Tips for Avoiding Mixed Messages When You Present

The next time you step up to speak in a high-stakes situation, consider this: Are your words, language, voice and body aiding – or impeding – the delivery and impact of your message?

Most presenters realize too late that they’re sabotaging their effectiveness by not paying an equal amount of attention to the “how” as well as the “what” when they’re speaking. I’m sure you’ve witnessed a situation where a speaker’s words were contradicted by their body language or voice. Chances are, these contradictions made you question the presenter’s credibility.

For example, I recently saw a speaker conclude his presentation by saying, “I welcome any discussion on the information I’ve shared. Does anyone have a question?” The problem was, he said this while gazing down at his shoes. Because he said one thing while his body language indicated something completely different, no one raised a hand and the presentation came to an awkward, abrupt close.

Research shows that in circumstances where spoken and non-verbal communication is in conflict, your audience will believe your unspoken message over what you’re saying aloud. But when your spoken and non-verbal messages are congruent, communication is naturally more clear and easier to understand.
What you say…and how you say it

To have any chance of inspiring your listeners to take action, you have to make sure that your words, body language and voice are all in sync, working together to help your listeners believe 100% in what you’re saying.

To avoid impeding your impact through mixed messaging, here are four areas to consider:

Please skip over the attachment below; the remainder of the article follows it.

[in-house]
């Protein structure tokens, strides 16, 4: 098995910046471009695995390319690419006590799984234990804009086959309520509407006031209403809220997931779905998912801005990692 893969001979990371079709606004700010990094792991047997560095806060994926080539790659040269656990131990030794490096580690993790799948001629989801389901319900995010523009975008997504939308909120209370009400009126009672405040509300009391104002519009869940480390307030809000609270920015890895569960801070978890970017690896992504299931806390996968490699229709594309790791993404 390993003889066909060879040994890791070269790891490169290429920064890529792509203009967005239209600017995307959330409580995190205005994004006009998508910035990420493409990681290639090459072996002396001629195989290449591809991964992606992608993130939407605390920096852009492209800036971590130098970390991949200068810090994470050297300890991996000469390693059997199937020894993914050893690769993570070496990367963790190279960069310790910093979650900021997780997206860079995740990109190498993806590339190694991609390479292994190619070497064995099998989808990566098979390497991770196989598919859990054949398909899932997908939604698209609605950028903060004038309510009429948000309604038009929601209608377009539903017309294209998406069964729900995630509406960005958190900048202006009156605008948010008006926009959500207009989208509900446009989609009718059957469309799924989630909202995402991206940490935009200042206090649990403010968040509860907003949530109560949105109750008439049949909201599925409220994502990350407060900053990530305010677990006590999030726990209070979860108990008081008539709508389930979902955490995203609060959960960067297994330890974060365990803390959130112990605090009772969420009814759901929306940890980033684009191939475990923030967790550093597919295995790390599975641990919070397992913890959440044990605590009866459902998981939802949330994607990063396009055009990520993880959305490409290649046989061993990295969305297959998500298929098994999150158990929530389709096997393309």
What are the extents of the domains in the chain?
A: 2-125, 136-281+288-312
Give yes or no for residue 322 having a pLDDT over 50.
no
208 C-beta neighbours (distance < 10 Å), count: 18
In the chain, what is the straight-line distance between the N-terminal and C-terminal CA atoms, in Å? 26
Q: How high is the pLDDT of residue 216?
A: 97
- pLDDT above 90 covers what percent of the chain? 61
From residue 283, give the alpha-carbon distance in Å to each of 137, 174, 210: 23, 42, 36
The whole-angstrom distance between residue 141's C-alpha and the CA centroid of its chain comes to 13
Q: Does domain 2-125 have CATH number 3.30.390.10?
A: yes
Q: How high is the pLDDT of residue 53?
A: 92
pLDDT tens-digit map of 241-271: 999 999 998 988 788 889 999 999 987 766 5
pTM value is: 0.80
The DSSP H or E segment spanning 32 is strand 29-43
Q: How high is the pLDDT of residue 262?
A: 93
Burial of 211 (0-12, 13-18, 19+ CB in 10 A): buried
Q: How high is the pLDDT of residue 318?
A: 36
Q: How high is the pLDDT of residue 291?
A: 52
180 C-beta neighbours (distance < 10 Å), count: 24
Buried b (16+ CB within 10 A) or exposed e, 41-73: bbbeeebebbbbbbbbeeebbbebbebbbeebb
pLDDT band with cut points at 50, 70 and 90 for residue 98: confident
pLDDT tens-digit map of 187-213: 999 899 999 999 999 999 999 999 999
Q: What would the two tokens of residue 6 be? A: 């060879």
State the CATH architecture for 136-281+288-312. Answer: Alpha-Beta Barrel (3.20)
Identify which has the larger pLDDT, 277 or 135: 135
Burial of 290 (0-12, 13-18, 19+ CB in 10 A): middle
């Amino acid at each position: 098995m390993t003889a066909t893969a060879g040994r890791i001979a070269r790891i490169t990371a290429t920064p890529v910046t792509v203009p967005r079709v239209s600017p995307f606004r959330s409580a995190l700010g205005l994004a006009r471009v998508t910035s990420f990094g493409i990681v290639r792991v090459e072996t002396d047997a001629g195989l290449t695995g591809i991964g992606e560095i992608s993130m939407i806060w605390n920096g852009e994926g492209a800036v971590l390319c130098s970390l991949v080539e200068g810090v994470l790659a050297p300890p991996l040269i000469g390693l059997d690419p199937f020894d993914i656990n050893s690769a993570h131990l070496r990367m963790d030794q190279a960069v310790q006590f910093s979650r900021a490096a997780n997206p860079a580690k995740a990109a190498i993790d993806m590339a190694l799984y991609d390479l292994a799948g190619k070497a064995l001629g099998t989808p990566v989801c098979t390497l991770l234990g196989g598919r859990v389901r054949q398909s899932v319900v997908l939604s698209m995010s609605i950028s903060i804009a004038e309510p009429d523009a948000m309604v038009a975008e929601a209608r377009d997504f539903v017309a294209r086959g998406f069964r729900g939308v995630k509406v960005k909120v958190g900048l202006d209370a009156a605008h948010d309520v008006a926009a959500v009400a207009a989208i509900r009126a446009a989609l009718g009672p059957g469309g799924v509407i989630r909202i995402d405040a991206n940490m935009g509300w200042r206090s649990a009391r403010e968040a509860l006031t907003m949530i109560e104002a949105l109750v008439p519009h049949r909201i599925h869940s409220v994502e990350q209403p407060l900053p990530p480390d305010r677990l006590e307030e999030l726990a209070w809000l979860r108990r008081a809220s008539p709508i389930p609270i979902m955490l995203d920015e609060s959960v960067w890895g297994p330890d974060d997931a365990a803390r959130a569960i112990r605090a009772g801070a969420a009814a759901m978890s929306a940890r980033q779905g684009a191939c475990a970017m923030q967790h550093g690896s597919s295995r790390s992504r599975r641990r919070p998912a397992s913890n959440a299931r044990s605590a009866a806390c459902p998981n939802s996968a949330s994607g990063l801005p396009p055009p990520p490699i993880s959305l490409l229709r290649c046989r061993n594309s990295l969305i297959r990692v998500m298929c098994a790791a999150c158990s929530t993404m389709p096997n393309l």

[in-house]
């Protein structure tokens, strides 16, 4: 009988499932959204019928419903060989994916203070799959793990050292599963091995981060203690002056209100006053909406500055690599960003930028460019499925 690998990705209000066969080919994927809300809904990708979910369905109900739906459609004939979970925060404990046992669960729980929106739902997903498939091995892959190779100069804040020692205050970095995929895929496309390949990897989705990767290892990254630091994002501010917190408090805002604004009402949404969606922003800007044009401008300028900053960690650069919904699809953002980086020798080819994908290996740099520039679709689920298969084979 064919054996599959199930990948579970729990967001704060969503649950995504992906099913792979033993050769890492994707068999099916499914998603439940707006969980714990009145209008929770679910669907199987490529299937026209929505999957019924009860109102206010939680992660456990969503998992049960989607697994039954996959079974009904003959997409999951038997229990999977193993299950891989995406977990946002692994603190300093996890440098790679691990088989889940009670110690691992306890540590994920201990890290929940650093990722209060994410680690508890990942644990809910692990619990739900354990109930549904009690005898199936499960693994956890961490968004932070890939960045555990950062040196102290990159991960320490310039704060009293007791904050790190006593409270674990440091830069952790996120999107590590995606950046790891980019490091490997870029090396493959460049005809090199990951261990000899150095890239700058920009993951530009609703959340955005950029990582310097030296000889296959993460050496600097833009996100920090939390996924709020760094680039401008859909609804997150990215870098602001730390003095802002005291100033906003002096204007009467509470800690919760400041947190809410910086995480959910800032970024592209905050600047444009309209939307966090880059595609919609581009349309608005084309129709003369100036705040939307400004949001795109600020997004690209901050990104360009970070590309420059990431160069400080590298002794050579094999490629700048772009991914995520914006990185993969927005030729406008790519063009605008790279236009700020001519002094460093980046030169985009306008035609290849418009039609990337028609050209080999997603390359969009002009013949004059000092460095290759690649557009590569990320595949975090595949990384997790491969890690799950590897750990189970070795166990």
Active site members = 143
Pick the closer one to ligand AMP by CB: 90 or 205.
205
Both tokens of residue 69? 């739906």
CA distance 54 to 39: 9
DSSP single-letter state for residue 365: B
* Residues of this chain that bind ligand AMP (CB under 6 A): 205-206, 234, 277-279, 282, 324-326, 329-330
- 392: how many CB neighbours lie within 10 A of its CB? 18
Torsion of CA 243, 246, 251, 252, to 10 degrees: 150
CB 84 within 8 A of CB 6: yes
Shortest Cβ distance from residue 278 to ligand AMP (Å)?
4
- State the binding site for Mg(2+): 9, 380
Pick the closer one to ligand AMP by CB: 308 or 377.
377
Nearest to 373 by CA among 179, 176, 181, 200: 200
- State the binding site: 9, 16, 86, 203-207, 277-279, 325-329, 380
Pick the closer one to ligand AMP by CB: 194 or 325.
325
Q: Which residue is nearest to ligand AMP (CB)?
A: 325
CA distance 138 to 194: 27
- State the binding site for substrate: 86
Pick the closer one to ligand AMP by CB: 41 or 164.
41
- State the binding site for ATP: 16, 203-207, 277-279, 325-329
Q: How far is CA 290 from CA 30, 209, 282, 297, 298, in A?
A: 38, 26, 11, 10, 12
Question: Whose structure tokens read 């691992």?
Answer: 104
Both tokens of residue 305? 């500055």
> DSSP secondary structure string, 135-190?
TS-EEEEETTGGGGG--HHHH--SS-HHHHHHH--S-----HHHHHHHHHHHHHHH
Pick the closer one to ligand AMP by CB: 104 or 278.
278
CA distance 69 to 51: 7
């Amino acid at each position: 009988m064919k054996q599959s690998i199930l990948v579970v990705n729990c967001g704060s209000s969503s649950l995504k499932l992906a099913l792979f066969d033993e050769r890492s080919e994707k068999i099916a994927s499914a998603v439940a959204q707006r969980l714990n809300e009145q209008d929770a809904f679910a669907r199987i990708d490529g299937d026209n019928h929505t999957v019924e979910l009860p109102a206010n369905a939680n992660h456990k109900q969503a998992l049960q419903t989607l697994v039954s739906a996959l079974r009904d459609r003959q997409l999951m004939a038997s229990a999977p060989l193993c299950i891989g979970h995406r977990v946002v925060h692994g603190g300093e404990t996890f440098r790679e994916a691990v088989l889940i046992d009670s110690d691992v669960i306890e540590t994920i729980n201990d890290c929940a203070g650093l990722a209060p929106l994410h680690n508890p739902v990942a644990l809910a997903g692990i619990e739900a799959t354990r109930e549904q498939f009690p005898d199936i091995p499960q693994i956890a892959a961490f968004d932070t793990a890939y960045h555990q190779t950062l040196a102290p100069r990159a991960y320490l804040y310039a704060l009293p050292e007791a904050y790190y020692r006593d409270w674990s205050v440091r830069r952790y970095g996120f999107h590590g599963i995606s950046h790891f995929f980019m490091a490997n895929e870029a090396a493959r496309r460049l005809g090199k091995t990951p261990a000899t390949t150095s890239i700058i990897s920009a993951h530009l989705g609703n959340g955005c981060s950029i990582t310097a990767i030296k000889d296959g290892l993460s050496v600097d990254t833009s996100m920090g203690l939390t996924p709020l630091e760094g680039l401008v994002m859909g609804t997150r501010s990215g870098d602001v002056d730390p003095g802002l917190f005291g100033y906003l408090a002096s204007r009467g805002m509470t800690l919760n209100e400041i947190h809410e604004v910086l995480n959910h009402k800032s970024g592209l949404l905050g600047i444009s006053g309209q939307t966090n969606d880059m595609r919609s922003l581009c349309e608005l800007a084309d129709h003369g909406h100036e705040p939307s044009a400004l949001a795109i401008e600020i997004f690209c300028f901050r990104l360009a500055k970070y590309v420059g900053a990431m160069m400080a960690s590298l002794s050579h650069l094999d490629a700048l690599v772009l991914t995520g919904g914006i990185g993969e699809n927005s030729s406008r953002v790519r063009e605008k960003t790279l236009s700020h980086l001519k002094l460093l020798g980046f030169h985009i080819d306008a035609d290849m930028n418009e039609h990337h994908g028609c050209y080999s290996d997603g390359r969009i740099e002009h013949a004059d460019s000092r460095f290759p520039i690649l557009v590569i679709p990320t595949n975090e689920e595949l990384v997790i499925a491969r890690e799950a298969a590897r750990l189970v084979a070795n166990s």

Posture. Nothing suggests a thorough grasp on the subject matter and establishes your authority and credibility more than powerful posture – squared, direct and erect but not rigid or tense. Avoid clenching the podium, which communicates fear, or shifting your weight from foot to foot, which conveys nervousness and can be enormously distracting to your audience.

Gestures. Consciously assess your hand gestures, asking, “What are they actually communicating to my audience?” Hand movements should be spontaneous and purposeful in complementing and punctuating your message, not half-hearted and weak. Remember: extraordinary presenters use more gestures that the average speaker.

Facial expression. Widened eyes, a furrowed brow, a frown or a smile are all important signals about how you feel about your own message. Unfortunately, under the pressure of delivering a presentation, many speakers don’t pay enough attention to their facial expressions. The effort of concentrating on your delivery can often come across as grim.

What’s the solution? As with gestures, consciously align your facial expressions with your message. If this isn’t something that comes naturally to you, try practicing in front of a mirror. Better yet, record and review your rehearsal.

Voice. Tone of voice should reinforce your words while helping you emotionally connect with your audience. For example, anger or joy tends to bring out a louder voice, while sadness or fear calls for toned-down volume. Varying your rate, pitch and volume when expressing yourself will engage your audience and elevate the impact of your message to a sure-fire home run.

To build enthusiasm and support for your vision, always remember that how you say something carries just as much importance – and may influence your audience more -than what you say. By aligning and using every resource at your disposal, you’ll more easily move your audience in the right direction every time you step up to speak